- Psychology & the public
- What we do
- Member networks
- Careers, education & training
Anxious drivers more likely to take risks
Young adults who have experience of anxiety are more likely to take risks when behind the wheel of a car, new research has found. Carried out by investigators at Queensland University of Technology's Centre for Accident Research and Road Safety, the investigation found that the condition accounted for 8.5 per cent of such motoring behaviour reported by study participants.
It was led by the faculty's Bridie Scott-Parker and included 760 young drivers who were on their provisional licence.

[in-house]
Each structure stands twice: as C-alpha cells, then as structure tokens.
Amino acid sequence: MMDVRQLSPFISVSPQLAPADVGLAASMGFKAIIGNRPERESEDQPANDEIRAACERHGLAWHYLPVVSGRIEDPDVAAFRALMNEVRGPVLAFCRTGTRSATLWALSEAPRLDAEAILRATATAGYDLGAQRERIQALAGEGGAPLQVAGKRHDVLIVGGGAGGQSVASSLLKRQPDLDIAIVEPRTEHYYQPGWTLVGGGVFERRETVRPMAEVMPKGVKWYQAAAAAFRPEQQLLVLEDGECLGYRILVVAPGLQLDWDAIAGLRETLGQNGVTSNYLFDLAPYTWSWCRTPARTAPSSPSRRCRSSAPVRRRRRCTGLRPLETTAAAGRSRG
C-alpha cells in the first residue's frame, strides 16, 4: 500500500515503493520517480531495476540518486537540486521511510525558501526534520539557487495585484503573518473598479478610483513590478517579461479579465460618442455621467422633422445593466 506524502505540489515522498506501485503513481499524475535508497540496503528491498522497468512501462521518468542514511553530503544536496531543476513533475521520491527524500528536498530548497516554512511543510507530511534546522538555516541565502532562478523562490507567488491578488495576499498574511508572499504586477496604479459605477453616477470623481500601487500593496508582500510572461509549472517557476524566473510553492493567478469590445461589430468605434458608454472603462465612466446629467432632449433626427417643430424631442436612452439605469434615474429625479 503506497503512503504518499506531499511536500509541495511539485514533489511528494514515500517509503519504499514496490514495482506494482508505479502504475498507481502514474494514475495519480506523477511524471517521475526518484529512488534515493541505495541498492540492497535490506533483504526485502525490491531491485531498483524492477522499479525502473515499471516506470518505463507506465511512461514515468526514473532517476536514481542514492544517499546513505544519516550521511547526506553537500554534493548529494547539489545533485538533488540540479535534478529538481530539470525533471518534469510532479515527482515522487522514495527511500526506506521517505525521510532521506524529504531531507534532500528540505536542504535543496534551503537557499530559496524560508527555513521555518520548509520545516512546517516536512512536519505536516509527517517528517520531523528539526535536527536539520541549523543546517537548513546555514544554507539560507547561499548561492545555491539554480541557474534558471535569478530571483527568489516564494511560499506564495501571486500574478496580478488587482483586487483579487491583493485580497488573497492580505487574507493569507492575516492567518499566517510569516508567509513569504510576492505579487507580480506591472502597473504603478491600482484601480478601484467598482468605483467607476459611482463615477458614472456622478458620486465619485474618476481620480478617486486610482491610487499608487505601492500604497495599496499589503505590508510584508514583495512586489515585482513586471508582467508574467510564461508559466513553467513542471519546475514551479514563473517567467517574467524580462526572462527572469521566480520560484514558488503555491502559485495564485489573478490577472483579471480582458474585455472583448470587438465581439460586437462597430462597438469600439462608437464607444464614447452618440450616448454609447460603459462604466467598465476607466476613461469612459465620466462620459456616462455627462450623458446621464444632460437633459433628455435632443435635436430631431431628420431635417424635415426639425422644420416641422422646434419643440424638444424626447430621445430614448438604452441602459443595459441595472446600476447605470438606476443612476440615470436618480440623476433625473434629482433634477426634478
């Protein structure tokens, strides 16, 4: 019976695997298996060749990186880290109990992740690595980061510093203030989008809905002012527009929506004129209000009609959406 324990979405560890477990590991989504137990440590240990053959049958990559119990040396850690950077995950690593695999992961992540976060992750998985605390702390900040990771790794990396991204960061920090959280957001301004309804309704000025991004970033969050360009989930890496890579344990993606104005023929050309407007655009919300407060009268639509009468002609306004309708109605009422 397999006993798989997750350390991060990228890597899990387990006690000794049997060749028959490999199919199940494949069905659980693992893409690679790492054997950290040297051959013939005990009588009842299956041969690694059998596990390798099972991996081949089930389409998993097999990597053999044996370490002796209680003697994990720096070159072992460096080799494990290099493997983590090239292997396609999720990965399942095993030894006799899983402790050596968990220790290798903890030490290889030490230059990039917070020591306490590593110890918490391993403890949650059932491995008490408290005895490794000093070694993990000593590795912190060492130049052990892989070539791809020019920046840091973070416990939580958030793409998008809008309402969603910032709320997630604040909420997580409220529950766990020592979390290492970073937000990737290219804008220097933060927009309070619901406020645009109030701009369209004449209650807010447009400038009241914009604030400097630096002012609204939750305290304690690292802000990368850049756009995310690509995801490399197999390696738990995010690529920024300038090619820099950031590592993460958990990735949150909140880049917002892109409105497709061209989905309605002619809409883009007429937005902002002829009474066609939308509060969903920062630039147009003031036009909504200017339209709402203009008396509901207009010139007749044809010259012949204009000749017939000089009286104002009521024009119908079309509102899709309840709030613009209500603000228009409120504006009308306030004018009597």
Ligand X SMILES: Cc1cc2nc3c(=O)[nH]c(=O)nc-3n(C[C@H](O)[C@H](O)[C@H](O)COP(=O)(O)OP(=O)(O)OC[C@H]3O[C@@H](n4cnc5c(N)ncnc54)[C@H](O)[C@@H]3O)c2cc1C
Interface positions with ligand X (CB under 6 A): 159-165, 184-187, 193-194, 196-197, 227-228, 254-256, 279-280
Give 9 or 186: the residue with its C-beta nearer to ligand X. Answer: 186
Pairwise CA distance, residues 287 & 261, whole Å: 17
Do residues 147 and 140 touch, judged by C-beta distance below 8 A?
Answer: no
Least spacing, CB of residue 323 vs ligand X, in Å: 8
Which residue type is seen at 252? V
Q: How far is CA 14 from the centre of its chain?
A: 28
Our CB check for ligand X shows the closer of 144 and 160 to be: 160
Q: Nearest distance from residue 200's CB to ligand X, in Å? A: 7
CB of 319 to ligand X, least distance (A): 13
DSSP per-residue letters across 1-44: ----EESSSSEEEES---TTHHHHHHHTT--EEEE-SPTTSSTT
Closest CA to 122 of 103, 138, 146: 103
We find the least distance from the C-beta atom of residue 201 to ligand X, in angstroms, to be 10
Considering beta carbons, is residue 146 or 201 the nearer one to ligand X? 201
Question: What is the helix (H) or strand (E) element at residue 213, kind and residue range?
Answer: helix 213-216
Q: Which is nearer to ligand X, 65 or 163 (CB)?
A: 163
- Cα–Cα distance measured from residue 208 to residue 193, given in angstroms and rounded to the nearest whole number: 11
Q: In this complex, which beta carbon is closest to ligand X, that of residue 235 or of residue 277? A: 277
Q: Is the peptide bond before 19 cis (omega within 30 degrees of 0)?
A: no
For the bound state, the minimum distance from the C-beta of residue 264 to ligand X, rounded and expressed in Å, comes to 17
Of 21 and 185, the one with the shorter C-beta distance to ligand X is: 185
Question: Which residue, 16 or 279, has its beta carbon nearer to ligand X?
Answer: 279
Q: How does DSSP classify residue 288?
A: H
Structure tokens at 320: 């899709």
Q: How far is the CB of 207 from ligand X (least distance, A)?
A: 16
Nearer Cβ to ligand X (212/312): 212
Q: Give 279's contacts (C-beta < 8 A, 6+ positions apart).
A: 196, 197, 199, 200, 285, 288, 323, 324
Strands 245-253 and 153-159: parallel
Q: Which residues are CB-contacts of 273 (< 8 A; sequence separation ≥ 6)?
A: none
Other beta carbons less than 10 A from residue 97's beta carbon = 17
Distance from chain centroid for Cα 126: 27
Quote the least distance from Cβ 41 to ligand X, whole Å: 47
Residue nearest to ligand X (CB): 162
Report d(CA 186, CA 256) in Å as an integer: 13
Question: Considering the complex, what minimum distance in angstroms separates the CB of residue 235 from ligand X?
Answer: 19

Ms Scott-Parker said of the link between depression and risk-taking: "The association was greater in women than in men, with 9.5 per cent being explained by psychological distress in women compared with 6.7 per cent in men."
She added that identifying at-risk individuals is vital, while interventions for such people could be tailored for specific groups.
The research has been published in the international journal Injury Prevention.
Dr Lisa Orban, Chartered Psychologist, said: "Anxiety and depression can impair one's ability to concentrate and think clearly, which may impact judgment and decision-making behind the wheel."
It follows recent findings that appear online in the journal Neuropsychology, which showed older people are more likely to make driving errors than younger motorists.